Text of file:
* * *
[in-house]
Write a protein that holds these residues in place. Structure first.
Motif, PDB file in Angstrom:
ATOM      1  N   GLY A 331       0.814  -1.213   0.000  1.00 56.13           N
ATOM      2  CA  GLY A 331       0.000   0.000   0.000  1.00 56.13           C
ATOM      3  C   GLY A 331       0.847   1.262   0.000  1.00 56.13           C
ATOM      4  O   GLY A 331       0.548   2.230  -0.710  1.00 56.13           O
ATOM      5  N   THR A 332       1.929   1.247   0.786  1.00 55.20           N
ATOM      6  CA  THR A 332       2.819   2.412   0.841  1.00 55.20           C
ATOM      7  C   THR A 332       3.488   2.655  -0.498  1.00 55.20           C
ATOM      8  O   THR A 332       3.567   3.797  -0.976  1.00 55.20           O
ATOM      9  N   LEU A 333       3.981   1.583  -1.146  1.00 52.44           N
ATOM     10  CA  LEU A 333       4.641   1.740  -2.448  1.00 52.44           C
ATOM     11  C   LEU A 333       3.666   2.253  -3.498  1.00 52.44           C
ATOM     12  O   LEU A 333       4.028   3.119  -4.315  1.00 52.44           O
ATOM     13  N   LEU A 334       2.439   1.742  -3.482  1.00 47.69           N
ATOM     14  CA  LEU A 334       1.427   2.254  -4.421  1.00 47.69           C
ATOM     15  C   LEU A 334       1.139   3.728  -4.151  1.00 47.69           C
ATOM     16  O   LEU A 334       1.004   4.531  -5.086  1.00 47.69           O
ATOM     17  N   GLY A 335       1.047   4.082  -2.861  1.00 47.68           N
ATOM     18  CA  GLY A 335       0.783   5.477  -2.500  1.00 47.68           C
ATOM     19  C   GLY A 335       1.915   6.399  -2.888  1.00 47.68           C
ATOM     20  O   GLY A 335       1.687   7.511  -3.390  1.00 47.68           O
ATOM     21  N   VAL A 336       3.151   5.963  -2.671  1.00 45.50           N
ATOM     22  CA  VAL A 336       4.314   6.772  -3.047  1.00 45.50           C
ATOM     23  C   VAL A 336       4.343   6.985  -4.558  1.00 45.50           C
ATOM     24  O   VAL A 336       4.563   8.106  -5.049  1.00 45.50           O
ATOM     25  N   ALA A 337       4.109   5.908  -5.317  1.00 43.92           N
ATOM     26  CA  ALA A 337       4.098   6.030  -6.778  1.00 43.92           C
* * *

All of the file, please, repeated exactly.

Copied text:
[in-house]
Write a protein that holds these residues in place. Structure first.
Motif, PDB file in Angstrom:
ATOM      1  N   GLY A 331       0.814  -1.213   0.000  1.00 56.13           N
ATOM      2  CA  GLY A 331       0.000   0.000   0.000  1.00 56.13           C
ATOM      3  C   GLY A 331       0.847   1.262   0.000  1.00 56.13           C
ATOM      4  O   GLY A 331       0.548   2.230  -0.710  1.00 56.13           O
ATOM      5  N   THR A 332       1.929   1.247   0.786  1.00 55.20           N
ATOM      6  CA  THR A 332       2.819   2.412   0.841  1.00 55.20           C
ATOM      7  C   THR A 332       3.488   2.655  -0.498  1.00 55.20           C
ATOM      8  O   THR A 332       3.567   3.797  -0.976  1.00 55.20           O
ATOM      9  N   LEU A 333       3.981   1.583  -1.146  1.00 52.44           N
ATOM     10  CA  LEU A 333       4.641   1.740  -2.448  1.00 52.44           C
ATOM     11  C   LEU A 333       3.666   2.253  -3.498  1.00 52.44           C
ATOM     12  O   LEU A 333       4.028   3.119  -4.315  1.00 52.44           O
ATOM     13  N   LEU A 334       2.439   1.742  -3.482  1.00 47.69           N
ATOM     14  CA  LEU A 334       1.427   2.254  -4.421  1.00 47.69           C
ATOM     15  C   LEU A 334       1.139   3.728  -4.151  1.00 47.69           C
ATOM     16  O   LEU A 334       1.004   4.531  -5.086  1.00 47.69           O
ATOM     17  N   GLY A 335       1.047   4.082  -2.861  1.00 47.68           N
ATOM     18  CA  GLY A 335       0.783   5.477  -2.500  1.00 47.68           C
ATOM     19  C   GLY A 335       1.915   6.399  -2.888  1.00 47.68           C
ATOM     20  O   GLY A 335       1.687   7.511  -3.390  1.00 47.68           O
ATOM     21  N   VAL A 336       3.151   5.963  -2.671  1.00 45.50           N
ATOM     22  CA  VAL A 336       4.314   6.772  -3.047  1.00 45.50           C
ATOM     23  C   VAL A 336       4.343   6.985  -4.558  1.00 45.50           C
ATOM     24  O   VAL A 336       4.563   8.106  -5.049  1.00 45.50           O
ATOM     25  N   ALA A 337       4.109   5.908  -5.317  1.00 43.92           N
ATOM     26  CA  ALA A 337       4.098   6.030  -6.778  1.00 43.92           C